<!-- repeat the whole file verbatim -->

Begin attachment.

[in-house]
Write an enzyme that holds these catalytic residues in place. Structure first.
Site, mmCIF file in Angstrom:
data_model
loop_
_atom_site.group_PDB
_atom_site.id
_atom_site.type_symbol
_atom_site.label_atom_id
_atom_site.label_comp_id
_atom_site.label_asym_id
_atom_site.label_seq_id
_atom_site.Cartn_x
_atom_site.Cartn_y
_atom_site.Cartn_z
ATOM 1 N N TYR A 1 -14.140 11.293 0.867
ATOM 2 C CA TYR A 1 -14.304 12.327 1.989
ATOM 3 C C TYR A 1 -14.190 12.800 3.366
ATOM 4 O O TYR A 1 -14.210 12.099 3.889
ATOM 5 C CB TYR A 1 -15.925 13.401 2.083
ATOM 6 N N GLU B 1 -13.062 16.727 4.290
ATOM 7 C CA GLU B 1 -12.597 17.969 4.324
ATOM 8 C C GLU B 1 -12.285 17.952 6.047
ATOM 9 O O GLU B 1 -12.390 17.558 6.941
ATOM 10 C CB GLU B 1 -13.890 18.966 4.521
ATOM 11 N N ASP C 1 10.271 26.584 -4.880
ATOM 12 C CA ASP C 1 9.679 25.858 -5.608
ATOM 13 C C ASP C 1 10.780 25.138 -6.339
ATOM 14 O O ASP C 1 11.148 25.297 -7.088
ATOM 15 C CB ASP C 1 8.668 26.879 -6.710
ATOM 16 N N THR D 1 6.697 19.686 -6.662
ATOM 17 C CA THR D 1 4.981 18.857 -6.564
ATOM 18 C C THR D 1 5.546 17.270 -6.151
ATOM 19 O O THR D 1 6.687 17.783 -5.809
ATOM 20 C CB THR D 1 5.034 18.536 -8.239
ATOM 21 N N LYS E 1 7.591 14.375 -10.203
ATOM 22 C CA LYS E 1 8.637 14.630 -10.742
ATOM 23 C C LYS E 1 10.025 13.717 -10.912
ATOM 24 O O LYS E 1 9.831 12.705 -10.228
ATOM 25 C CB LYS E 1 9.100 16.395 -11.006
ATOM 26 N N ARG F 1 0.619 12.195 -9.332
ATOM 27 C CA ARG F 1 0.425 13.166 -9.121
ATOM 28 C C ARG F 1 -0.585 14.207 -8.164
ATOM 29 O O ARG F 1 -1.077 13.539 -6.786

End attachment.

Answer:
[in-house]
Write an enzyme that holds these catalytic residues in place. Structure first.
Site, mmCIF file in Angstrom:
data_model
loop_
_atom_site.group_PDB
_atom_site.id
_atom_site.type_symbol
_atom_site.label_atom_id
_atom_site.label_comp_id
_atom_site.label_asym_id
_atom_site.label_seq_id
_atom_site.Cartn_x
_atom_site.Cartn_y
_atom_site.Cartn_z
ATOM 1 N N TYR A 1 -14.140 11.293 0.867
ATOM 2 C CA TYR A 1 -14.304 12.327 1.989
ATOM 3 C C TYR A 1 -14.190 12.800 3.366
ATOM 4 O O TYR A 1 -14.210 12.099 3.889
ATOM 5 C CB TYR A 1 -15.925 13.401 2.083
ATOM 6 N N GLU B 1 -13.062 16.727 4.290
ATOM 7 C CA GLU B 1 -12.597 17.969 4.324
ATOM 8 C C GLU B 1 -12.285 17.952 6.047
ATOM 9 O O GLU B 1 -12.390 17.558 6.941
ATOM 10 C CB GLU B 1 -13.890 18.966 4.521
ATOM 11 N N ASP C 1 10.271 26.584 -4.880
ATOM 12 C CA ASP C 1 9.679 25.858 -5.608
ATOM 13 C C ASP C 1 10.780 25.138 -6.339
ATOM 14 O O ASP C 1 11.148 25.297 -7.088
ATOM 15 C CB ASP C 1 8.668 26.879 -6.710
ATOM 16 N N THR D 1 6.697 19.686 -6.662
ATOM 17 C CA THR D 1 4.981 18.857 -6.564
ATOM 18 C C THR D 1 5.546 17.270 -6.151
ATOM 19 O O THR D 1 6.687 17.783 -5.809
ATOM 20 C CB THR D 1 5.034 18.536 -8.239
ATOM 21 N N LYS E 1 7.591 14.375 -10.203
ATOM 22 C CA LYS E 1 8.637 14.630 -10.742
ATOM 23 C C LYS E 1 10.025 13.717 -10.912
ATOM 24 O O LYS E 1 9.831 12.705 -10.228
ATOM 25 C CB LYS E 1 9.100 16.395 -11.006
ATOM 26 N N ARG F 1 0.619 12.195 -9.332
ATOM 27 C CA ARG F 1 0.425 13.166 -9.121
ATOM 28 C C ARG F 1 -0.585 14.207 -8.164
ATOM 29 O O ARG F 1 -1.077 13.539 -6.786